There remain but one or two observations which I have to make on structure before finishing my paper, which has expanded into dimensions I did not anticipate, so much so that I may have to reduce the appendix I thought of, if I do not omit it altogether. The first is, that in nearly every female with developed ovaries the left lobe is much longer than the right lobe. And, as to the theory of the thickness of coating in stomachs of trout, (as the Gillaroo trout of Ireland), being a consequence of the food being shellfish, this I must say—that most of our rivers contain a wonderful number of the previously mentioned Limnæa, an active little mollusc, which I have found in our trouts' stomachs in incredible numbers. At the same time there are parts of some rivers where they are absent, and where of course the trout cannot get them to eat. I have not paid particular attention to the action of any food on trouts' stomachs as yet; at the same time, had there been any difference between those of trout from either feeding grounds, it is probable that I should have noticed it. And, I certainly have not seen either a thickening or hardening of the walls of the stomach.*
Remarks on Variations.
1. The first variation is a decided one in the spawning season, being two months later, and the duration of hatching a fortnight longer, than in England. But what may be the cause of this I cannot explain.
[Footnote] * Since writing above, I have found this shellfish at the head of the stomach, and near the vent in great intestine of a one-pound trout from Waipahi River, and in both cases the living animal was digested out of the shells, while these were not broken or affected in any other way.
2. The great increase in the yearly growth of our trout, compared to that of trout in a wild state at Home, is neither a new nor so very wonderful a variation. It seems to me to be due entirely to new and abundant food, and it may to some extent be to new water, also to the constitution or stock of trout. The same has occurred in Scotland, and with a warning note too to us in New Zealand. Mr. J. A. Harvie Brown, of Dunipace, stocked a loch in the north of Scotland, which had no trout in it at all. In two years they multiplied and attained a weight of 4 ½ lbs. So soon, however, as the trouts' numbers exceeded the food supply, or in two years, they fell off in condition, colour, etc., and latterly were not worth catching. Like cases have occurred elsewhere at home.
3. The colour and markings seem to be controlled, to some extent, by the nature of the water and bottom, among trout of equal age and the same sex, and to be partly an individual quality. But, as to food affecting the colours, I cannot at present offer a very decided opinion; but will mention this—that the Shag River trout are all silvery, while those of the Waipahi are mostly dark and golden, the food being the same, but the geological formation and water very different in these two rivers. I have seen a like variation in colour in two different parts of the same river (the Endrick) in Scotland, with presumably one and the same sort of food.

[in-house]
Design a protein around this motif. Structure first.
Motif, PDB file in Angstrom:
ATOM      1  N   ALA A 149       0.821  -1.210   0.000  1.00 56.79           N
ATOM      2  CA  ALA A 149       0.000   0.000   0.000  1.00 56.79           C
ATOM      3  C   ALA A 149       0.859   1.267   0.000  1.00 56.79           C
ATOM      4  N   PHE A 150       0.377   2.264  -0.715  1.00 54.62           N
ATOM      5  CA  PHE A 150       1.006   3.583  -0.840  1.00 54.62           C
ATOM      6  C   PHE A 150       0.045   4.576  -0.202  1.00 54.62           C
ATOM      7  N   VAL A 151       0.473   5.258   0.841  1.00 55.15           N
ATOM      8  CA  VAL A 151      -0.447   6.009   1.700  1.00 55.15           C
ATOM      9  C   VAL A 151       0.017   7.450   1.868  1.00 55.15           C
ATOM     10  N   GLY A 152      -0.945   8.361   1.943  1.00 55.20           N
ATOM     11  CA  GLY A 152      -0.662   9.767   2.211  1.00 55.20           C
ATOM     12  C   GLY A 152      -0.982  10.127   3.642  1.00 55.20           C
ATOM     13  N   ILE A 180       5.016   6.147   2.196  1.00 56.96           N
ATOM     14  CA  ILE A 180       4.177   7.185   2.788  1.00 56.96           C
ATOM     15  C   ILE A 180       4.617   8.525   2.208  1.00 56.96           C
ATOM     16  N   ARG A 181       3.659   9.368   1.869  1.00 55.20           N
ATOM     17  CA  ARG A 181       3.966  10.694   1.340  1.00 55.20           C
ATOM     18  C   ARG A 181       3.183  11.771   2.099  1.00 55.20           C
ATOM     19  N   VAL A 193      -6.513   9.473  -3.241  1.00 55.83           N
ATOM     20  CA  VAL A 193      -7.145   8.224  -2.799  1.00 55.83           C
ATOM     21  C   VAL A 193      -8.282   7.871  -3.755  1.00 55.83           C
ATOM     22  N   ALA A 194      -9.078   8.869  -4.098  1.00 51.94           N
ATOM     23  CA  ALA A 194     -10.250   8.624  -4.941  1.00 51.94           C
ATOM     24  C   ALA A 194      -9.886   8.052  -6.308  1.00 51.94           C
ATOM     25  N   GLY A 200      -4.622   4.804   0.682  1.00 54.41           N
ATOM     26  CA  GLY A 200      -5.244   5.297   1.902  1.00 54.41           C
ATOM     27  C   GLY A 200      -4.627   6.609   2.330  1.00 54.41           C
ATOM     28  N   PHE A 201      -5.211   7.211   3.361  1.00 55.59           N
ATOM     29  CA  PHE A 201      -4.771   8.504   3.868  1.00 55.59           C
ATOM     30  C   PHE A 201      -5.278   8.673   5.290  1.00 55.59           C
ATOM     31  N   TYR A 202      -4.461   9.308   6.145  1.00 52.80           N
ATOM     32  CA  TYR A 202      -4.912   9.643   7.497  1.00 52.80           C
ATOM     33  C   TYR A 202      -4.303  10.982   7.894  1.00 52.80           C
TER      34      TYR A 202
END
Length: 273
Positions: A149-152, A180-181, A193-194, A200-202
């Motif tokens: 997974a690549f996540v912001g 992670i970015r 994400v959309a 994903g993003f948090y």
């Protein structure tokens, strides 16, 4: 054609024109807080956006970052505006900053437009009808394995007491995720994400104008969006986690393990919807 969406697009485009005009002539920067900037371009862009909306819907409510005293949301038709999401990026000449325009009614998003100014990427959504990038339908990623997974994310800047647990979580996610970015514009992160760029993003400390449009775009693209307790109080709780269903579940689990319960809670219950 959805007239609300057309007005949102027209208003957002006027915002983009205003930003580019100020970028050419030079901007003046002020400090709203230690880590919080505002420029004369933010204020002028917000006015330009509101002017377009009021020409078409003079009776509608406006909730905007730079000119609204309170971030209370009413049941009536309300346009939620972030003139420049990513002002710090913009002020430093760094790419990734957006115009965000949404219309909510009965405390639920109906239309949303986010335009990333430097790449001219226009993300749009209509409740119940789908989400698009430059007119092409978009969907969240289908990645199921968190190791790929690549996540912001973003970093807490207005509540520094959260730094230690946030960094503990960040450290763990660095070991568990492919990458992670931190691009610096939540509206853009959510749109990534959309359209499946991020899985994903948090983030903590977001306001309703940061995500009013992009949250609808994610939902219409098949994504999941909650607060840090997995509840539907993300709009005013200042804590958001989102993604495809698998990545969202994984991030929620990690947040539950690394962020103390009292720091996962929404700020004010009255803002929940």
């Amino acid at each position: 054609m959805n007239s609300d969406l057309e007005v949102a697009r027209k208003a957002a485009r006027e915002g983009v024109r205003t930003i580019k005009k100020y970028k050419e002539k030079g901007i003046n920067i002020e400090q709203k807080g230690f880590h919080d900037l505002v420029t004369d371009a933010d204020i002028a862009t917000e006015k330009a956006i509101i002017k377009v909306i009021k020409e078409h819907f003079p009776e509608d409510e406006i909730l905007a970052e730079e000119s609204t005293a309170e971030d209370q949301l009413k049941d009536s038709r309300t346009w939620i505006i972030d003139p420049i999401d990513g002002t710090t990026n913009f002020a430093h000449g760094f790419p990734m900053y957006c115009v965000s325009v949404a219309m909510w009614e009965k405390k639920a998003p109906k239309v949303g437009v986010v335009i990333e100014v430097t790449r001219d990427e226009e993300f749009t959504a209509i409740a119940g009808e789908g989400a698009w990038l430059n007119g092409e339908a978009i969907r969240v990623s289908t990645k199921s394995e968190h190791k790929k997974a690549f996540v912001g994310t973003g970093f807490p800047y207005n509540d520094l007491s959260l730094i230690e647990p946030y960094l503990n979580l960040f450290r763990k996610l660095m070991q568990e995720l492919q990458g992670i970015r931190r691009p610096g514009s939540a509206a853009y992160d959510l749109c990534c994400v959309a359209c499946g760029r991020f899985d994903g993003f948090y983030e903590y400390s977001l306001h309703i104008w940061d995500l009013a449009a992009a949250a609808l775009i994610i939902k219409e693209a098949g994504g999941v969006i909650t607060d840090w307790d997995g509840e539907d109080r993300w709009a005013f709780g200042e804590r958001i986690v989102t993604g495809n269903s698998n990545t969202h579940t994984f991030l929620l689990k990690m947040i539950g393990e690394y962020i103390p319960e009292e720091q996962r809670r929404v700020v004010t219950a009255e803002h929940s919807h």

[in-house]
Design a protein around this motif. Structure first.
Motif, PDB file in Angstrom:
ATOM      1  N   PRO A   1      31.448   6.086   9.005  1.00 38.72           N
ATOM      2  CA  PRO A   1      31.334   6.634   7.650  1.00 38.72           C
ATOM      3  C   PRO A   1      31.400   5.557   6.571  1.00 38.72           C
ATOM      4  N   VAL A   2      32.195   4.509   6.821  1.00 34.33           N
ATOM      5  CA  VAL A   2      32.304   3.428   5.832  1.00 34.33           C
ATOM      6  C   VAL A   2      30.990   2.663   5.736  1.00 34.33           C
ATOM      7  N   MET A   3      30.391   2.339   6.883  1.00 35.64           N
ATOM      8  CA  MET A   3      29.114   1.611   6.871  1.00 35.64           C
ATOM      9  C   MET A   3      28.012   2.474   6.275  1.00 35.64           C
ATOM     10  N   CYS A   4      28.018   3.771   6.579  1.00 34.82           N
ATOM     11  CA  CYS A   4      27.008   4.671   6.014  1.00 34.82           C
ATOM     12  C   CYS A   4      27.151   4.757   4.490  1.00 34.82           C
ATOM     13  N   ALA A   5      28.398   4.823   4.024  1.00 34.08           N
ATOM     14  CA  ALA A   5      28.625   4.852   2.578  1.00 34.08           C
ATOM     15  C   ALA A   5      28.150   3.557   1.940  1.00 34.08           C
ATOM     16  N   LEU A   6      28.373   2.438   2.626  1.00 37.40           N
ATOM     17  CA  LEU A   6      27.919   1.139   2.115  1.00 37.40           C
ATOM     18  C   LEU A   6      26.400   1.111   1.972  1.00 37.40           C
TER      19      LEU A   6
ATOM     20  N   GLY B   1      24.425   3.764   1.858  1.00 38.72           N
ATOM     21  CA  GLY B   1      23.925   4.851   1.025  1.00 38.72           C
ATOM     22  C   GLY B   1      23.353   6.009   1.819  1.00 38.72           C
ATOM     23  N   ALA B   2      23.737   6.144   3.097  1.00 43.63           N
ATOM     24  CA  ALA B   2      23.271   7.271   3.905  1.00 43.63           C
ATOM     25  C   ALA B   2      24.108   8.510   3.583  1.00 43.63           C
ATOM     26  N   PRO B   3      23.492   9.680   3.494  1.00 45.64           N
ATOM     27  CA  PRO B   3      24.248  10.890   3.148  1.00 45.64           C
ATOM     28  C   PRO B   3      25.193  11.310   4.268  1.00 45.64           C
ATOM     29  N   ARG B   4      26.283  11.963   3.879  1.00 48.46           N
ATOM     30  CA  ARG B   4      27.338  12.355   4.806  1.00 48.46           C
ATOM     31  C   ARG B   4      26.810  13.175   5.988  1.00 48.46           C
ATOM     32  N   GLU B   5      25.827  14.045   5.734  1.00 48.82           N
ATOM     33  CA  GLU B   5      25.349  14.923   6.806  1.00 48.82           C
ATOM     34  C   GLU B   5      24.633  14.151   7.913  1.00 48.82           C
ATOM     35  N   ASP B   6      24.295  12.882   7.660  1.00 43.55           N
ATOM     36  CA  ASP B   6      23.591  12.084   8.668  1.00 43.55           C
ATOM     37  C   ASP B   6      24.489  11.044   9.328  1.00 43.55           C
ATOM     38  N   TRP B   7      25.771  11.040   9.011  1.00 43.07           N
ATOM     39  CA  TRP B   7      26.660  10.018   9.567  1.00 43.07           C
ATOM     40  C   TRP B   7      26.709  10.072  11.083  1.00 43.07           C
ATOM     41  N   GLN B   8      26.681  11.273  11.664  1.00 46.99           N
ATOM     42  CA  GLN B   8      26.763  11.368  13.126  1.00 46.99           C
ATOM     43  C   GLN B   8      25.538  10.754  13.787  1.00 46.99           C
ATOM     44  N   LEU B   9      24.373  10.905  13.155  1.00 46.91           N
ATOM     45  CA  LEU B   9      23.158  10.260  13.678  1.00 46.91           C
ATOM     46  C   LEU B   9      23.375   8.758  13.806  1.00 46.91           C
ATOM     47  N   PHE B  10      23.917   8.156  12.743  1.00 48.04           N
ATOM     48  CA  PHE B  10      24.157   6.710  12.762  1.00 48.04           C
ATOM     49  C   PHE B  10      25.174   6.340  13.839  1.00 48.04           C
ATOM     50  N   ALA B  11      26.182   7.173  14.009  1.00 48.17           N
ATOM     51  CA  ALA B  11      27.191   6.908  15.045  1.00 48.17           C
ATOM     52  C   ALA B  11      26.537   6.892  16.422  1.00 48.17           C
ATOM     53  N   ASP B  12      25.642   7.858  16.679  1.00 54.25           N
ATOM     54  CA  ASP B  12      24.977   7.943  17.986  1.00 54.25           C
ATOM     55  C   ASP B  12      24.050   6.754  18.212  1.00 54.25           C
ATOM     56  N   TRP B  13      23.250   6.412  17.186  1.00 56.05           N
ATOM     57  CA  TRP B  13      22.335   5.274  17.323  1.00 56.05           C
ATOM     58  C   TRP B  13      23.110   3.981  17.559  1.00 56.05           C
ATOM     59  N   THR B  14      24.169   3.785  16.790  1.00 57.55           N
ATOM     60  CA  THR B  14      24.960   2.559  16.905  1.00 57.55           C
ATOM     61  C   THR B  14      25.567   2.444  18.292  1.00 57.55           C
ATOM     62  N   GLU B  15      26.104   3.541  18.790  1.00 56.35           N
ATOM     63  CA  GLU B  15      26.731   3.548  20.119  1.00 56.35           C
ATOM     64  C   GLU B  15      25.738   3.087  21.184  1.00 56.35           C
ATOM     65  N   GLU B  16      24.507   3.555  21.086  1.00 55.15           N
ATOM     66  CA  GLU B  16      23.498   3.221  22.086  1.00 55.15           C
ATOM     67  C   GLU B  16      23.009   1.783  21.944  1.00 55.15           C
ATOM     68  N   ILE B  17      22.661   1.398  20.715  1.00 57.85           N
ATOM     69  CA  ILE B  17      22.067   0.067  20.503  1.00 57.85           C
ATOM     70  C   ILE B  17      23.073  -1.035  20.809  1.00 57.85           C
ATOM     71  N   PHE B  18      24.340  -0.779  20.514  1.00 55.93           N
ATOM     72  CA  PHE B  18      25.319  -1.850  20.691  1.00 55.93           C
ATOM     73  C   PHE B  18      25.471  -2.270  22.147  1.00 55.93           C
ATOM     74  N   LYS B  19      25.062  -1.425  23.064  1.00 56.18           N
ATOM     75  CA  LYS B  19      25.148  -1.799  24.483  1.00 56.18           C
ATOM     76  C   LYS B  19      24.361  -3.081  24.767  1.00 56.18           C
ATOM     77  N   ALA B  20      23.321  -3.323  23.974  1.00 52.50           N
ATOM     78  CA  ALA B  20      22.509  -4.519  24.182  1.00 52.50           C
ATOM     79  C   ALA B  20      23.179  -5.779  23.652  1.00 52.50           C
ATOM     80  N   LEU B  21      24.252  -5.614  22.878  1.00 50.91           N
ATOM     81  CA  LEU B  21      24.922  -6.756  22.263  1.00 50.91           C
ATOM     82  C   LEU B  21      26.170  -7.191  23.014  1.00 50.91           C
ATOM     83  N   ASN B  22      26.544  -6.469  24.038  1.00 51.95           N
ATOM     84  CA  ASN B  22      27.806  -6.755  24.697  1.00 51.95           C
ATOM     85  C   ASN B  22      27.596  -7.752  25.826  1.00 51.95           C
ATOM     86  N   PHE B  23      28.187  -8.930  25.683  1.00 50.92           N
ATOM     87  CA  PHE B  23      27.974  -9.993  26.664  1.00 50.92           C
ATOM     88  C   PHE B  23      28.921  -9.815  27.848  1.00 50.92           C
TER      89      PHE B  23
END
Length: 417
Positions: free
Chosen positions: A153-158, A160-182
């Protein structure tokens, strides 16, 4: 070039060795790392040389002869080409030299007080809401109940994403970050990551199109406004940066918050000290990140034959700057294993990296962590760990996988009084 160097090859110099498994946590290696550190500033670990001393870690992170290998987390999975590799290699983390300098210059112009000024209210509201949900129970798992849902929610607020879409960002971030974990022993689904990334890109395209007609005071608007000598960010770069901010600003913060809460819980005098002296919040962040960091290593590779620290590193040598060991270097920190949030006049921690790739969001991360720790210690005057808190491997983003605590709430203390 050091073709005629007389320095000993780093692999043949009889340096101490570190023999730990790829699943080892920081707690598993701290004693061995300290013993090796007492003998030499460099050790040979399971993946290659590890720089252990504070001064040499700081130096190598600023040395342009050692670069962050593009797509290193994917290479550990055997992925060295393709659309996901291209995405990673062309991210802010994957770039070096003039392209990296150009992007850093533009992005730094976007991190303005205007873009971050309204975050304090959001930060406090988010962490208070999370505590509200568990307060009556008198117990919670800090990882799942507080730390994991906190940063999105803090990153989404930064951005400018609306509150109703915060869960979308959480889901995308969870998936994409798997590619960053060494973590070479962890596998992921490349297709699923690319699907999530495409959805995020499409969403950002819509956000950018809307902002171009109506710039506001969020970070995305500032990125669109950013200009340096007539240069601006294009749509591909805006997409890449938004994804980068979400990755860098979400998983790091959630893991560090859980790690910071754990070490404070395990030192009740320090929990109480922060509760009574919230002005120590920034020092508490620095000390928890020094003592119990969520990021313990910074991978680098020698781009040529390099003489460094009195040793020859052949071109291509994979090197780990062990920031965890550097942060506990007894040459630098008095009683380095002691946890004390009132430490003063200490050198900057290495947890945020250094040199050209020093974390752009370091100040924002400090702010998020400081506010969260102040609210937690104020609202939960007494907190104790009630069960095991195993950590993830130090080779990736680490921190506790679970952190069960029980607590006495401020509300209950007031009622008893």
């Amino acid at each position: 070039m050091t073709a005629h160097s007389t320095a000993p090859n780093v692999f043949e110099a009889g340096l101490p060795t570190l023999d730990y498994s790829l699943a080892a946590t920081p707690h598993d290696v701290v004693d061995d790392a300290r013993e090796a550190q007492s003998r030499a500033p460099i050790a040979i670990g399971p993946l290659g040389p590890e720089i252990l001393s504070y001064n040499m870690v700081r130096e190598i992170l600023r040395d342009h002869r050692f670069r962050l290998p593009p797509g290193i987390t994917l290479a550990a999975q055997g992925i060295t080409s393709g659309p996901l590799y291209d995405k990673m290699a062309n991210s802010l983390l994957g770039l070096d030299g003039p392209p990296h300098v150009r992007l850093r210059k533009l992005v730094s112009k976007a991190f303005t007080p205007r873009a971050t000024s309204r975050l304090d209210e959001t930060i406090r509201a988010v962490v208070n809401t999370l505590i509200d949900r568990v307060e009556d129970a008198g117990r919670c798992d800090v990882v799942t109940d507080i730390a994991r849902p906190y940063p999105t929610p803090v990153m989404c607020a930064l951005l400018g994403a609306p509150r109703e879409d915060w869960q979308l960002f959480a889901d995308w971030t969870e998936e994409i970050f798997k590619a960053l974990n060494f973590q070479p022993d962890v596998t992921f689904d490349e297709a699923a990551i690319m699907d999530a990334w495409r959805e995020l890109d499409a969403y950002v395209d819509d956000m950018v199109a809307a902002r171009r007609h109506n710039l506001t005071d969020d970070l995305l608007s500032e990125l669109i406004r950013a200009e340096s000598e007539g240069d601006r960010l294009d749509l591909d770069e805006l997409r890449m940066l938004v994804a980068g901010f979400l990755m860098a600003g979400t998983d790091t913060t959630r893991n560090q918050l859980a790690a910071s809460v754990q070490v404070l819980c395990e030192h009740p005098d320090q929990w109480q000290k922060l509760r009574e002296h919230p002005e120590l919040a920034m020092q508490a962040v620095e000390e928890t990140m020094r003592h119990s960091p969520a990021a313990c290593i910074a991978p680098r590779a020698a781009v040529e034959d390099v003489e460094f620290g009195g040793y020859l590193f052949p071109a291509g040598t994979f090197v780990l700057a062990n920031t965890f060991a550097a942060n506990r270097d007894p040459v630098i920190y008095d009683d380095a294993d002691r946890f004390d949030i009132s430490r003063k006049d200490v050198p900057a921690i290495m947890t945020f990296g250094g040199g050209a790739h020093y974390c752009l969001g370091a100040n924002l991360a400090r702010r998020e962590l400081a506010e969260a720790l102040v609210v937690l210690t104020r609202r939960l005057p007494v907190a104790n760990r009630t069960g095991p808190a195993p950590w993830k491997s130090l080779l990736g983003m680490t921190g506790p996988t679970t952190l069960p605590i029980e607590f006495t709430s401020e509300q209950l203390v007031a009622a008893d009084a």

4. There does appear to be a considerable difference in the form of the suboperculum between our trout and Yarrell's typical specimen; but it is not by any means certain that the latter was of the same species. Also, while the form, with our trout, of this bone varies greatly, one or two examples (fig. 2, p. 503), got by me within the last year or two, show a decided tendency to revert to Yarrell's form. On the other hand, his drawing of S. fario ausonii, p. 261, vol. i., shows this bone very much as it may be seen in the great majority of our trout; so that there is hardly any ground for believing that a new form or shape of bone has been induced by a change to the antipodes.
5. There is no alteration in the number of fin rays of any moment; but whether the variation in size of the fins is the same as at Home, is a matter which I have scarcely the means of deciding.
6. The scales appear to be more plentiful than in trout described by Dr. Günther, but I can only repeat that probably no two observers would find the same number, owing to their disappearance on the outlines of the body.
7. The vertebræ are not practically different in number from those recorded of the progenitors of our trout.
8. Neither is there any real variation in the pyloric cæca, excepting in the range of numbers; if my explanations given above are borne out by future research.
The numbers of our trout are increasing in such good breeding waters as the Shag, Kaihiku, and Waiwera Rivers, but they are not so heavy by a great deal as in former years. Poaching and fishing are no doubt largely the cause of this; but some other rivers show a diminution in the numbers, with a rise in the average weight of the trout caught. Bad spawning and plundering of shags are no doubt the prime causes.
[The section below cannot be correctly rendered as it contains complex formatting. See the image of the page for a more accurate rendering.]
|Locality.||Sex.||Wght. lb. oz.||Adipose to lateral line.||Lat 1.||Tr. 1.||Pyloric C'ca.||Vertebræ.||Remarks.|
|Kakanui River||F||8||124||65||49||58||Caught by Mr. S. Lowe.|
|"||M||4.8||15||124||Sent by Mr. J. Muir.|
|Water of Leith||F||6||15||50||54|
|Tokomairiro River||F||7.4||121||53||61||59||Very short and thin cæca.|
|Waipahi River||M||4.2||17||Sent by Captain Fullarton.|
|"||M||8.10||16||Caught by Mr. Bull.|
|Kaihiku River||F||5.5||46||Large cæca, ½ to 2 ½ inches.|
|Wakatipu Lake||M||11||117||53||47||Sent by Mr. Dalgleish.—Large cæca ¾ to 2 ½ in. long, and 1.10 to ¼ in. thick.|
|Locality.||Sex.||Wght. in lbs. & ozs.||D.||P.||V.||A.||Total Lngth.||Least depth of tail.||Remarks.|
|Kakanui River||F||8||3.3||3.5||2.6||2.4||24.5||2.2||Caught by Mr. S. Lowe.|
|Shag River||F||4.12||3.0||3.0||2.6||23.0||2.0||" at Rich's.|
|"||M||4.8||2.8||3.0||2.2||1.8||20.7||1.8||" at Muir's.|
|"||F||5||3.0||3.0||2.5||2.0||22.0||" at Rich's.|
|"||F||2.4||2.2||2.6||2.1||1.7||18.0||1.5||" at Kitchener's.|
|Waikouaiti River||F||14||3.75||4.5||3.4||2.7||28.5||2.5||" by Mr. H. Orbell.|
|Water of Leith||F||17||3.75||4.0||3.25||4.0||33.0|
|"||F||5||2.5||2.8||2.2||2.0||21.25||1.7||Harbour, mouth of Leith.|
|Lee Stream||F||1.9||2.0||2.3||1.9||2.2||15.5||Gorge water.|
|Tokomairiro River||F||7.4||3.6||3.5||2.8||2.7||26.5||2.2||Caught by Mr. J. Burt.|
|Boat Harbour Creek||F||3.4||2.5||2.9||2.0||2.0||20.5||1.75||Found dead.|
|"||M||8.10||3.5||3.75||3.0||2.3||24.75||2.2||Caught by Mr. Bull.|
|"||M||12.0||3.75||4.0||3.1||2.5||26.5||2.5||Sent by Mr. Dalgleish.|
|(Canterbury fish)||F||2.0||2.0||2.1||1.6||1.8||15.5||1.6||"Mr. S. C. Farr.|
Note.—The proportion or ratio which the length of any fin bears to total length of the fish as expressed by L÷D, L÷P, etc., has been used by me for ascertaining the differences in the length of the fins between individual fish and between the sexes, and may be readily deduced from above table.